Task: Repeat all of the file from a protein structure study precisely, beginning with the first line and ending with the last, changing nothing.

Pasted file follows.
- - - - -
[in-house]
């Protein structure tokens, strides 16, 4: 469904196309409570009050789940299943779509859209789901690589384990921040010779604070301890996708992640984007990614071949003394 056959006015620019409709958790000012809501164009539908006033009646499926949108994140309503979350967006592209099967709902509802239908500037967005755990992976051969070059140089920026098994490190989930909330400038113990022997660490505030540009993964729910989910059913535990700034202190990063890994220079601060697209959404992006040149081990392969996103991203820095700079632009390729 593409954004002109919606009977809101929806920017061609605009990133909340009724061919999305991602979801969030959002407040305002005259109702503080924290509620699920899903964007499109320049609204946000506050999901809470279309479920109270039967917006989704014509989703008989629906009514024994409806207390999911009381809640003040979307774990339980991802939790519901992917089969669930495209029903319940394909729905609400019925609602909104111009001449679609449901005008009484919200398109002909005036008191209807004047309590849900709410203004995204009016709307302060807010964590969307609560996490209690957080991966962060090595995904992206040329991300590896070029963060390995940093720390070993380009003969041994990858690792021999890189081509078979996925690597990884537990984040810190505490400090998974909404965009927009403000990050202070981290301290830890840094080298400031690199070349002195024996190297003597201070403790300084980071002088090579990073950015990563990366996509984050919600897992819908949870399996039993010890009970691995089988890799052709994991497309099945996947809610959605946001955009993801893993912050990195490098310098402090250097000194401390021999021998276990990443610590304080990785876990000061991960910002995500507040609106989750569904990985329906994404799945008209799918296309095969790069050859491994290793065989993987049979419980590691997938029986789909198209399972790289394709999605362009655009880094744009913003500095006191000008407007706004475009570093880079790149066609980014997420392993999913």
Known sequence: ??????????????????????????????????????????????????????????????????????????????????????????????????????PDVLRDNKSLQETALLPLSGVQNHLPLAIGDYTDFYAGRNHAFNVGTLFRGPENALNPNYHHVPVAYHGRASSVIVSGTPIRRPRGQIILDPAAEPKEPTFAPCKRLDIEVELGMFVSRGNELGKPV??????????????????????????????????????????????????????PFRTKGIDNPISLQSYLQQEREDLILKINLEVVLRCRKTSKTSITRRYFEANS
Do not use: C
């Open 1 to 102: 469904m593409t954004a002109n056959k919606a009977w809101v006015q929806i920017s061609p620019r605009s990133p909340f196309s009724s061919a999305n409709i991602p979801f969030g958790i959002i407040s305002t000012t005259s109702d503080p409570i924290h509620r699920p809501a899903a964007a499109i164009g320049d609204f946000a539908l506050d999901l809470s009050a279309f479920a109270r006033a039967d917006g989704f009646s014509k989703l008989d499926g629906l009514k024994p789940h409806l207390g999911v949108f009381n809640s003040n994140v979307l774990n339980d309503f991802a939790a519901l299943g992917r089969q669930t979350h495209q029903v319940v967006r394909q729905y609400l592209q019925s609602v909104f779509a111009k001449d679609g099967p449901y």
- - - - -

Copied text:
[in-house]
């Protein structure tokens, strides 16, 4: 469904196309409570009050789940299943779509859209789901690589384990921040010779604070301890996708992640984007990614071949003394 056959006015620019409709958790000012809501164009539908006033009646499926949108994140309503979350967006592209099967709902509802239908500037967005755990992976051969070059140089920026098994490190989930909330400038113990022997660490505030540009993964729910989910059913535990700034202190990063890994220079601060697209959404992006040149081990392969996103991203820095700079632009390729 593409954004002109919606009977809101929806920017061609605009990133909340009724061919999305991602979801969030959002407040305002005259109702503080924290509620699920899903964007499109320049609204946000506050999901809470279309479920109270039967917006989704014509989703008989629906009514024994409806207390999911009381809640003040979307774990339980991802939790519901992917089969669930495209029903319940394909729905609400019925609602909104111009001449679609449901005008009484919200398109002909005036008191209807004047309590849900709410203004995204009016709307302060807010964590969307609560996490209690957080991966962060090595995904992206040329991300590896070029963060390995940093720390070993380009003969041994990858690792021999890189081509078979996925690597990884537990984040810190505490400090998974909404965009927009403000990050202070981290301290830890840094080298400031690199070349002195024996190297003597201070403790300084980071002088090579990073950015990563990366996509984050919600897992819908949870399996039993010890009970691995089988890799052709994991497309099945996947809610959605946001955009993801893993912050990195490098310098402090250097000194401390021999021998276990990443610590304080990785876990000061991960910002995500507040609106989750569904990985329906994404799945008209799918296309095969790069050859491994290793065989993987049979419980590691997938029986789909198209399972790289394709999605362009655009880094744009913003500095006191000008407007706004475009570093880079790149066609980014997420392993999913």
Known sequence: ??????????????????????????????????????????????????????????????????????????????????????????????????????PDVLRDNKSLQETALLPLSGVQNHLPLAIGDYTDFYAGRNHAFNVGTLFRGPENALNPNYHHVPVAYHGRASSVIVSGTPIRRPRGQIILDPAAEPKEPTFAPCKRLDIEVELGMFVSRGNELGKPV??????????????????????????????????????????????????????PFRTKGIDNPISLQSYLQQEREDLILKINLEVVLRCRKTSKTSITRRYFEANS
Do not use: C
């Open 1 to 102: 469904m593409t954004a002109n056959k919606a009977w809101v006015q929806i920017s061609p620019r605009s990133p909340f196309s009724s061919a999305n409709i991602p979801f969030g958790i959002i407040s305002t000012t005259s109702d503080p409570i924290h509620r699920p809501a899903a964007a499109i164009g320049d609204f946000a539908l506050d999901l809470s009050a279309f479920a109270r006033a039967d917006g989704f009646s014509k989703l008989d499926g629906l009514k024994p789940h409806l207390g999911v949108f009381n809640s003040n994140v979307l774990n339980d309503f991802a939790a519901l299943g992917r089969q669930t979350h495209q029903v319940v967006r394909q729905y609400l592209q019925s609602v909104f779509a111009k001449d679609g099967p449901y």